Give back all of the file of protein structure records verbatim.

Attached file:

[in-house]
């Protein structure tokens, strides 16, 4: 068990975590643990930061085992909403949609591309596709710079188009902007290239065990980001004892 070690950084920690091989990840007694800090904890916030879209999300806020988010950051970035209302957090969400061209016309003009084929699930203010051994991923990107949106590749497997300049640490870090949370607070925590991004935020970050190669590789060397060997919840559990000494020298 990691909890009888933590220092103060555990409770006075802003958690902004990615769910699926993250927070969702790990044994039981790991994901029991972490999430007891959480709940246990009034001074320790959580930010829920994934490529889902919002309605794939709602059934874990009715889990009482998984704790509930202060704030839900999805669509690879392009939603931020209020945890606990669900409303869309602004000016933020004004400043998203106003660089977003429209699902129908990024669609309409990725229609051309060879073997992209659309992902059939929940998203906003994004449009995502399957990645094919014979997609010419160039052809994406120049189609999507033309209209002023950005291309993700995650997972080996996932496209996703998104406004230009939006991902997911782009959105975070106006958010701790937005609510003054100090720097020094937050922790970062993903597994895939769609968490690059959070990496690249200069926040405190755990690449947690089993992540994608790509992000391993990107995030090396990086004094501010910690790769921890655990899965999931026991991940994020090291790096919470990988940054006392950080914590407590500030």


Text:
[in-house]
């Protein structure tokens, strides 16, 4: 068990975590643990930061085992909403949609591309596709710079188009902007290239065990980001004892 070690950084920690091989990840007694800090904890916030879209999300806020988010950051970035209302957090969400061209016309003009084929699930203010051994991923990107949106590749497997300049640490870090949370607070925590991004935020970050190669590789060397060997919840559990000494020298 990691909890009888933590220092103060555990409770006075802003958690902004990615769910699926993250927070969702790990044994039981790991994901029991972490999430007891959480709940246990009034001074320790959580930010829920994934490529889902919002309605794939709602059934874990009715889990009482998984704790509930202060704030839900999805669509690879392009939603931020209020945890606990669900409303869309602004000016933020004004400043998203106003660089977003429209699902129908990024669609309409990725229609051309060879073997992209659309992902059939929940998203906003994004449009995502399957990645094919014979997609010419160039052809994406120049189609999507033309209209002023950005291309993700995650997972080996996932496209996703998104406004230009939006991902997911782009959105975070106006958010701790937005609510003054100090720097020094937050922790970062993903597994895939769609968490690059959070990496690249200069926040405190755990690449947690089993992540994608790509992000391993990107995030090396990086004094501010910690790769921890655990899965999931026991991940994020090291790096919470990988940054006392950080914590407590500030």